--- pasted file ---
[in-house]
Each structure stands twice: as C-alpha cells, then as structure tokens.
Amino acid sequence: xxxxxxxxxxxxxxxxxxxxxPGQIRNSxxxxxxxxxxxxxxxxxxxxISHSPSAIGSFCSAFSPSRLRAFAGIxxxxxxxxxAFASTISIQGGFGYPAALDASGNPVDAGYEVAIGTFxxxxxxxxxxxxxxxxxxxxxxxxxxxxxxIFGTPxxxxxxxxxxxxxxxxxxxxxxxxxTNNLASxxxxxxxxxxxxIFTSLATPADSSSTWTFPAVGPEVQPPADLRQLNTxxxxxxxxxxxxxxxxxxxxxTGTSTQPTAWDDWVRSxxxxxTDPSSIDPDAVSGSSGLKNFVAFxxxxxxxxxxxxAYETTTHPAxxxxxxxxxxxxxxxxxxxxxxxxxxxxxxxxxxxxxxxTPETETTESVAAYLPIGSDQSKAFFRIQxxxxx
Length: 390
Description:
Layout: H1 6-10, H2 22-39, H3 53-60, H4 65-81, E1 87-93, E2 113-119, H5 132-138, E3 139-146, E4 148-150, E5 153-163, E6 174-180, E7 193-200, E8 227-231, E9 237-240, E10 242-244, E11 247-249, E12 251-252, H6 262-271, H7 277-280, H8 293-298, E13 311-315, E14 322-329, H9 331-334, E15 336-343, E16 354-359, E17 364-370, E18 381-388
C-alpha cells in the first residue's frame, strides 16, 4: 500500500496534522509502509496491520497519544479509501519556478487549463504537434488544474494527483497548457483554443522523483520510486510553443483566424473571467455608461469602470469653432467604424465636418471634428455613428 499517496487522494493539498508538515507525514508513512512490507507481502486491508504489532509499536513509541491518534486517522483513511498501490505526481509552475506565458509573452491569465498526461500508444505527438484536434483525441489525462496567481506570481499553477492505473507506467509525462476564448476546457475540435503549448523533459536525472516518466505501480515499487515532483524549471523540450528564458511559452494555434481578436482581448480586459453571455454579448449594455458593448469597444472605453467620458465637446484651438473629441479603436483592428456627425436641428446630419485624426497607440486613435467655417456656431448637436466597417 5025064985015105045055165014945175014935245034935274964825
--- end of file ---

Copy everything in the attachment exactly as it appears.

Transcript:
[in-house]
Each structure stands twice: as C-alpha cells, then as structure tokens.
Amino acid sequence: xxxxxxxxxxxxxxxxxxxxxPGQIRNSxxxxxxxxxxxxxxxxxxxxISHSPSAIGSFCSAFSPSRLRAFAGIxxxxxxxxxAFASTISIQGGFGYPAALDASGNPVDAGYEVAIGTFxxxxxxxxxxxxxxxxxxxxxxxxxxxxxxIFGTPxxxxxxxxxxxxxxxxxxxxxxxxxTNNLASxxxxxxxxxxxxIFTSLATPADSSSTWTFPAVGPEVQPPADLRQLNTxxxxxxxxxxxxxxxxxxxxxTGTSTQPTAWDDWVRSxxxxxTDPSSIDPDAVSGSSGLKNFVAFxxxxxxxxxxxxAYETTTHPAxxxxxxxxxxxxxxxxxxxxxxxxxxxxxxxxxxxxxxxTPETETTESVAAYLPIGSDQSKAFFRIQxxxxx
Length: 390
Description:
Layout: H1 6-10, H2 22-39, H3 53-60, H4 65-81, E1 87-93, E2 113-119, H5 132-138, E3 139-146, E4 148-150, E5 153-163, E6 174-180, E7 193-200, E8 227-231, E9 237-240, E10 242-244, E11 247-249, E12 251-252, H6 262-271, H7 277-280, H8 293-298, E13 311-315, E14 322-329, H9 331-334, E15 336-343, E16 354-359, E17 364-370, E18 381-388
C-alpha cells in the first residue's frame, strides 16, 4: 500500500496534522509502509496491520497519544479509501519556478487549463504537434488544474494527483497548457483554443522523483520510486510553443483566424473571467455608461469602470469653432467604424465636418471634428455613428 499517496487522494493539498508538515507525514508513512512490507507481502486491508504489532509499536513509541491518534486517522483513511498501490505526481509552475506565458509573452491569465498526461500508444505527438484536434483525441489525462496567481506570481499553477492505473507506467509525462476564448476546457475540435503549448523533459536525472516518466505501480515499487515532483524549471523540450528564458511559452494555434481578436482581448480586459453571455454579448449594455458593448469597444472605453467620458465637446484651438473629441479603436483592428456627425436641428446630419485624426497607440486613435467655417456656431448637436466597417 5025064985015105045055165014945175014935245034935274964825